In Latin America and the Caribbean, about one in every five youth between the ages of 15-24 is neither in school nor in the workforce. This amounts to roughly 25 million young people whose situation is affecting not only their present and future earnings, motivation and self-esteem, but also their society’s economic outlook and well-being!
Are these “unattached” youth a “lost generation” as some are claiming? I refuse to think so. I believe that it is within our governments’ and our own power and responsibility to provide young people with the skills and opportunities to lead productive lives. While evidence shows that there are admittedly many challenges for helping youth in an effective manner, it also shows that programs that are strong in developing work and life skills through internships and training, that give importance to self-development and self-esteem, and that have a good mentoring component are best positioned to do so.
Jamaica’s youth development programs for “unattached” youth are an interesting case to learn from, both because they offer different modalities of attention and because they have been rigorously evaluated. For the past decade or so, the National Youth Service (NYS) in Jamaica, with support from the Inter-American Development Bank (IDB), has been giving young “unattached” people a second chance at success through different programs: The CORPs residential program (phased out), the CORPs non-residential program, and the Career Advancement Program (CAP). The CORPs programs provide youth with training in limited sector skills as well as personal and general workplace skills such as communication, conflict management, and employability skills, complemented by internship opportunities under a workplace supervisor. The CAP program provides youth with two extra years of schooling with academic and skills training for the job market.
The programs’ evaluation, which was carried out by a team from the Universities of North Texas and the West Indies (Hull et al, 2014) with support from the IDB, yield some interesting findings and lessons:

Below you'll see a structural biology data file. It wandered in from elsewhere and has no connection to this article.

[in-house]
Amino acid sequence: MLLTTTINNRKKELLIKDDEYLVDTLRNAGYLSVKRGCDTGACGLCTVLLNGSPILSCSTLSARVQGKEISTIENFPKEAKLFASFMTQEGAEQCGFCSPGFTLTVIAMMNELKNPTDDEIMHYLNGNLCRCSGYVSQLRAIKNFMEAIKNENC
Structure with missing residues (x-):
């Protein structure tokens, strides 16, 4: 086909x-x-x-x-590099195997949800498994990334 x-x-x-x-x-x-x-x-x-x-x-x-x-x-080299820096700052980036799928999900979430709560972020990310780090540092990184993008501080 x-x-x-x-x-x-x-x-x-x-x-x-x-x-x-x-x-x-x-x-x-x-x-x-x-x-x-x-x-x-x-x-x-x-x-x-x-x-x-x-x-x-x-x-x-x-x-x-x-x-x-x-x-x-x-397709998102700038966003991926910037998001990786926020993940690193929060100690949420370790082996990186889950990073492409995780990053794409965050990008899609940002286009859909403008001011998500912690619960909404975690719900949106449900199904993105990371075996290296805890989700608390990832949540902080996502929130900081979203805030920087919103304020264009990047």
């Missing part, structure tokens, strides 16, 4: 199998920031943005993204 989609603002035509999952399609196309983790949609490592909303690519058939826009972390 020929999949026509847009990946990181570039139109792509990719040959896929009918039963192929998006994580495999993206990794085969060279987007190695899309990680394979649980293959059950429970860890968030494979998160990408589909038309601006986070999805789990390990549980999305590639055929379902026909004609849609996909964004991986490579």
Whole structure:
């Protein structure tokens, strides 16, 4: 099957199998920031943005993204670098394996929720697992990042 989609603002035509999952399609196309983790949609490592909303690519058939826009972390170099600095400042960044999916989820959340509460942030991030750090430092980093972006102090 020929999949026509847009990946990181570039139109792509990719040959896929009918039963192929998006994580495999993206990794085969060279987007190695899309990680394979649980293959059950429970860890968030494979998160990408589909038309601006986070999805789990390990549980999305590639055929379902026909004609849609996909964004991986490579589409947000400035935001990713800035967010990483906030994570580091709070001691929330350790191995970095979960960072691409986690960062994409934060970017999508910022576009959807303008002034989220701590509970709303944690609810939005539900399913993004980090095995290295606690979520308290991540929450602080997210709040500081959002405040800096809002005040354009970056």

- Programs can be effective in developing needed job-related skills: Participants in all modalities gained in academic performance, self-efficacy, and workplace skills relative to non-participants. Gains were noted in problem-solving, self-appraisal and ability to gather occupational information.
- Program effects decline after time if no further opportunities or follow-up are provided: In nearly all outcome measures, effects from the programs decline after participation. This suggests that in order to maintain the basic abilities required for employment success and continuing education, youth need opportunities for skill maintenance as well as encouragement and assistance to seek them out (i.e. with a mentor).
- Raising full time employment rates for youth is not an automatic result of training: Similar levels of full-time employment in the treatment and control groups, post-program, suggest a need for increased support and follow-up in the transition to employment.
- Socio-emotional development requires strategies different to training: There was no impact on the risk and resiliency scales and very low effects on socio-emotional development. Clearly, this is an area that needs more development.
If you know of programs aimed at helping “unattached” youth transition into the workforce or have good ideas, share them with us and join our discussion on how to build programs that effectively serve them.